Dealing with a chronic disease like rheumatoid arthritis can bring about a whole host of emotions. The emotions vary over time and during courses of the disease from initial diagnosis, dealing with the ups and downs of treatments working or not working, and lifestyle changes brought about by the impact of rheumatoid arthritis.
Like with many ideas, scientists and researchers like to reduce things down to simplistic models. Grief is no exception and many have heard of the so-called stages of grief first proposed by Elisabeth Kübler-Ross in her 1969 book On Death and Dying. The initial model included five stages including denial, anger, bargaining, depression, and then finally acceptance. Kübler-Ross’ model was originally applied to death and dying but has been applied to all sorts of traumatic life events. Being diagnosed and dealing with a chronic illness certainly rates as a traumatic life event. If you’re dealing with rheumatoid arthritis even if for a short time, you can probably relate to the stages. At first we deny it when the doctor says those ominous words, “you have rheumatoid arthritis.” We think that it couldn’t be affecting me. Then we may get angry and cry “why me?” Bargaining may take the form of making deals with ourselves or others to avoid facing the truth. We then sink into depression believing that there will be no way out of the situation. Finally acceptance settles in as we learn to cope with the serious life changes. Read any number of online RA discussion forums and you’ll see all of these stages displayed in some form or another.
The problem with stage models is that people don’t always go through each stage in a linear fashion, each stage cannot necessarily be accurately predicted, and the stages don’t always apply equally to all contexts and people. More recently, psychiatrists and psychologists questioned the stage model and began to define grief as a process.[i] An article from Drs. Zisook and Shear in 2009 presents an excellent overview of the topic of grief.[ii] In commenting on the so-called stages of grief, they state, “However, most modern grief specialists recognize the variations and fluidity of grief experiences, that differ considerably in intensity and length among cultural groups and from person to person.” They argue that grief is a process which takes time and manifests as a wide variety of symptoms emotionally, cognitively, socially and behaviorally.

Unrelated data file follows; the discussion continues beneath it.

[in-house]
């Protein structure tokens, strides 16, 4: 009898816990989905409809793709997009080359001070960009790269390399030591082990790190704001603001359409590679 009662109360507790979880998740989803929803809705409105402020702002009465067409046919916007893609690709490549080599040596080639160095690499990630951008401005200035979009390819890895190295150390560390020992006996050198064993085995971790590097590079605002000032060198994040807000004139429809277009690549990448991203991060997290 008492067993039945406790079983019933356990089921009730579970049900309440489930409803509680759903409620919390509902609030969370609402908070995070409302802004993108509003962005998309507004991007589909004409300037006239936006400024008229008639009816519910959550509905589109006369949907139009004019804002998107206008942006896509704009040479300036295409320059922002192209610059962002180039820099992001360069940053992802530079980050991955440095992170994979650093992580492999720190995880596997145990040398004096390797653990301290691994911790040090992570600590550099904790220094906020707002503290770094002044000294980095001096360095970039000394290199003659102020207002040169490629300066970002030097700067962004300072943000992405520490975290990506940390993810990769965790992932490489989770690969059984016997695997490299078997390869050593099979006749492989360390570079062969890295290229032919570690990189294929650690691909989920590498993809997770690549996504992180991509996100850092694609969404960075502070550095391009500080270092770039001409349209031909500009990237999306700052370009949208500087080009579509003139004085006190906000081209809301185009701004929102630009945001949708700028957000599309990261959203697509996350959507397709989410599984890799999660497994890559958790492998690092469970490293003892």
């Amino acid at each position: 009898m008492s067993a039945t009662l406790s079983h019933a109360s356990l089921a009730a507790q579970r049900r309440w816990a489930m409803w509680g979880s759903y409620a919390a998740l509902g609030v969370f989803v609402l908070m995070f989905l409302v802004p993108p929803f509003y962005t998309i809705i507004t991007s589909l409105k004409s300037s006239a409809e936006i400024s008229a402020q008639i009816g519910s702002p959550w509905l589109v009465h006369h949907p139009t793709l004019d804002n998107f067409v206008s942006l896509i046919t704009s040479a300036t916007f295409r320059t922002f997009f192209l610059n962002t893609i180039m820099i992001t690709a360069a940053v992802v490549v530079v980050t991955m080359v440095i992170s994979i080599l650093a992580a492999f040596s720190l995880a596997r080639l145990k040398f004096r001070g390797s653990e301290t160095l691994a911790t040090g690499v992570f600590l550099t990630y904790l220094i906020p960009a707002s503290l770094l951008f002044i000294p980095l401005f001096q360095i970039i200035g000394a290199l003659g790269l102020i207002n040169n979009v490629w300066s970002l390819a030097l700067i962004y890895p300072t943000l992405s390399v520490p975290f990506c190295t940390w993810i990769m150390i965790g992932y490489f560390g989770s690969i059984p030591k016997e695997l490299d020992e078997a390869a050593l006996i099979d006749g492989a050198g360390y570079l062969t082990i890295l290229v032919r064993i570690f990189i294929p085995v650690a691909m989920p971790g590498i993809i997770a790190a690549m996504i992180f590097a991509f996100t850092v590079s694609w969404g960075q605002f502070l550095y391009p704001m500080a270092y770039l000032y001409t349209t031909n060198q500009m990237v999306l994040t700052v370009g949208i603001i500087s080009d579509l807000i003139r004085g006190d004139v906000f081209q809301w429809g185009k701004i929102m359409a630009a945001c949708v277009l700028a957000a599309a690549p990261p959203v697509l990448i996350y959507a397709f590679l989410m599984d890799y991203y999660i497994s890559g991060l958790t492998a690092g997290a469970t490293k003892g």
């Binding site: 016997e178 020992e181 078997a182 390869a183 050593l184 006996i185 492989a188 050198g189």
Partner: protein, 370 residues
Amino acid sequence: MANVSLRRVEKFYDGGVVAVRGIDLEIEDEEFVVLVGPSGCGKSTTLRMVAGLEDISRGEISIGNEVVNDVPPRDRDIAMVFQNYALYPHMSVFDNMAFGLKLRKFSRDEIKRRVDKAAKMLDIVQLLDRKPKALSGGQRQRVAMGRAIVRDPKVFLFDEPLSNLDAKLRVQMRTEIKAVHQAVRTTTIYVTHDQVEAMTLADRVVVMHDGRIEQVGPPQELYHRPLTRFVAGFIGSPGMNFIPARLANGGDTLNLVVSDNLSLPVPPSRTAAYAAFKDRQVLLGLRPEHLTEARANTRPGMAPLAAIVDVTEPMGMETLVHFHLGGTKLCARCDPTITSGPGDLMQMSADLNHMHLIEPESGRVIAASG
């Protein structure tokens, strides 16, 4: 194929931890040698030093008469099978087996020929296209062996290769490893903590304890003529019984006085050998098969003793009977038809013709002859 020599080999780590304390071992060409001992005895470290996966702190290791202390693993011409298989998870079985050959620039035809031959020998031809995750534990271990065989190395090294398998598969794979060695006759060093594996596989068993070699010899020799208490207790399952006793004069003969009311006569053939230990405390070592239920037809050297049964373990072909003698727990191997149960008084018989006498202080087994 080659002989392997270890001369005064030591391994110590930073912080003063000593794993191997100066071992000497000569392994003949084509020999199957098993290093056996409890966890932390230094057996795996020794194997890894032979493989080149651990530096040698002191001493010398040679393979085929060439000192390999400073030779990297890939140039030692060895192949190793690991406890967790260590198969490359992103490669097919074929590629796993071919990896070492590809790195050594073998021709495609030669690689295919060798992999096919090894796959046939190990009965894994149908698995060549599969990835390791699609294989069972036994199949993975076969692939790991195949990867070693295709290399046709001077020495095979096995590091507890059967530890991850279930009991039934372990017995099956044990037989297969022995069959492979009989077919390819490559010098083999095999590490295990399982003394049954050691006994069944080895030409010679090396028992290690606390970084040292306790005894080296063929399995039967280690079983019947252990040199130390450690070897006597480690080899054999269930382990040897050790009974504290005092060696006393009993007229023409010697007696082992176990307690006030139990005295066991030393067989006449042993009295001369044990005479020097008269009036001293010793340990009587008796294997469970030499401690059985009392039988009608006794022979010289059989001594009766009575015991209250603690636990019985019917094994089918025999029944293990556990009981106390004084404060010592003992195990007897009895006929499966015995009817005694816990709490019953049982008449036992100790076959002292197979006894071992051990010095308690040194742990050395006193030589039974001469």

We know that a chronic disease can be stressful and is likely to bring about grief due to various forms of loss involved whether that is work, relationships, physical capabilities, etc. Dr. Meeks, a counseling psychologist, wrote a recent article in Psychology Today about grief. [iii] He points out that grief may bring about a variety of emotions including sadness, anxiety, feelings of helplessness, anger, shame, loneliness, disbelief, and guilt. Physical symptoms of related depression can include sleep problems, changes in appetite, and fluctuations in energy levels. Dr. Meeks gave some good suggestions to dealing with grief. Some physical aspects include a eating a good diet, getting rest and sleep, and exercise. Of course, these may not be so easy with RA! He suggests making meaning of what is happening. Many people with RA learn to re-imagine their lives in new ways and find how their new lifestyle strengthens and re-purposes them. Dr. Meeks suggests that making time for the grief while at the same time making time for regular life activities is important for creating balance. He recommends not judging our feelings – allow space for the feelings without letting them run over us. Finally, he states that we need to utilize constructive coping mechanisms to create distractions.[iv] Make time to enjoy the things you love.
See grief as a normal part of the processes of dealing with a chronic disease like RA. Understand that you will likely face various periods of grief and relief over time. Learn to deal with it effectively and please seek professional help and treatment if needed.